An ethnic map of Crete, around 1861. Turks and Muslim Greeks are in red, Orthodox Greeks in blue.
    Some Armenian families settled in Crete and exactly in Sfakia after that Phokas, an Armenian himself, liberated the island from the Arabs.
    17 Dec.
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    Cales, 17 Dec. 1545. Signed.
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    Quote Originally Posted by LABERIA View Post
    Some Armenian families settled in Crete and exactly in Sfakia after that Phokas, an Armenian himself, liberated the island from the Arabs.
    Phokas's origin isn't certain. There have been authors who claimed he was of either Roman (as in Latin), Arab, Armenian, or Georgian descent. As for Armenian migrants in Crete, there weren't many, and it wasn't just in Crete. Armenians migrated since the Byzantine era to Thessaly, Macedon, Thrace and the islands of Crete and Kerkyra (Corfu), although again not many.

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    Quote Originally Posted by binx View Post
    The Etruscans were no different from the other populations of the late Bronze and early Iron Age of south west Europe, the only difference is that they kept the pre-Indo-European language, just as the Iberians, Aquitains and Basques in Spain and southwest France, the Rhaeti in the Alps and many other populations who have not left traces.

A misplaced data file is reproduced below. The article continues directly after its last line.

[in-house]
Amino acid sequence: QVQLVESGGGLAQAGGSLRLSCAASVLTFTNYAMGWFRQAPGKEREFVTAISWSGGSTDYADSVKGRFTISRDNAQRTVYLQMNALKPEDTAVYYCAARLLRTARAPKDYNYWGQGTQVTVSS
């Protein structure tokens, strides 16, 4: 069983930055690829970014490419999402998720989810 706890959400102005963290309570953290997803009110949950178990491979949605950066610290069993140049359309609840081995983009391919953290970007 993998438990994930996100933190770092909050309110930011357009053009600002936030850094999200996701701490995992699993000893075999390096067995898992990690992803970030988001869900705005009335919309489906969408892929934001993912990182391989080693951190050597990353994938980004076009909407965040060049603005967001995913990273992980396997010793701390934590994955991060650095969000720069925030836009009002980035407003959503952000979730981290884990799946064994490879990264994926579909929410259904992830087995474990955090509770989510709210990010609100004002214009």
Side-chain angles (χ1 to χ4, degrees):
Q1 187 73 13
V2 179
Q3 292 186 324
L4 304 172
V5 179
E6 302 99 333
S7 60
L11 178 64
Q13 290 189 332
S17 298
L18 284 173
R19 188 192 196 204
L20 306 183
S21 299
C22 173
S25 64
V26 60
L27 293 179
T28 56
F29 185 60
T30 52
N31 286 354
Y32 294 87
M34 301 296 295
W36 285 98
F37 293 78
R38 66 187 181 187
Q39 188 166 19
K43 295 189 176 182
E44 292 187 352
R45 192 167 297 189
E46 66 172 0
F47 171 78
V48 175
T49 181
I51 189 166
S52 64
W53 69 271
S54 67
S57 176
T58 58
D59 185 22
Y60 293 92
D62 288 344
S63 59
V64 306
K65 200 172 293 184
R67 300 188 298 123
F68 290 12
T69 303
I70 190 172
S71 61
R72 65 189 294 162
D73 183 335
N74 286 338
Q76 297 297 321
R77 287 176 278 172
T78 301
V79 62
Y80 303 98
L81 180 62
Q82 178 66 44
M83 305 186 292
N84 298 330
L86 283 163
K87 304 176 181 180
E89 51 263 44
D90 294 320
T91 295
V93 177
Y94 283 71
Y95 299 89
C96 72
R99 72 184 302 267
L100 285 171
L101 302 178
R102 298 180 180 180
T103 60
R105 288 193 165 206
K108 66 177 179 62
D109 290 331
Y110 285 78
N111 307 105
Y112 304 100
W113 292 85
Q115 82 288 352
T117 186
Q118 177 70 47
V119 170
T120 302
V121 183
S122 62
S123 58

How can we be so sure they are no different(based on how many samples?)? Arent they a mix of Neolithic Farmers and Bronze Age Bell Beakers? And arent the Iberian Bell Beakers equal to the Neolithic Farmers? Genetically the EEF component(Anatolia_N, Iran_N, Levant_N) among the Etruscans should be equal to the proto Etruscan language. The EHG component should be equal to the populations of the proto Italic tribes.

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    Quote Originally Posted by suyindik View Post
    How can we be so sure they are no different(based on how many samples?)? Arent they a mix of Neolithic Farmers and Bronze Age Bell Beakers? And arent the Iberian Bell Beakers equal to the Neolithic Farmers? Genetically the EEF component(Anatolia_N, Iran_N, Levant_N) among the Etruscans should be equal to the proto Etruscan language. The EHG component should be equal to the populations of the proto Italic tribes.
    I've already read this on Anthrogenica. Are you the same user as Anthrogenica?

    I doubt that EEF component is Anatolia_N, Iran_N, Levant_N.

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    What do you think about this language and its likelihood of being related to Hittite?

    https://en.wikipedia.org/wiki/Elymian_language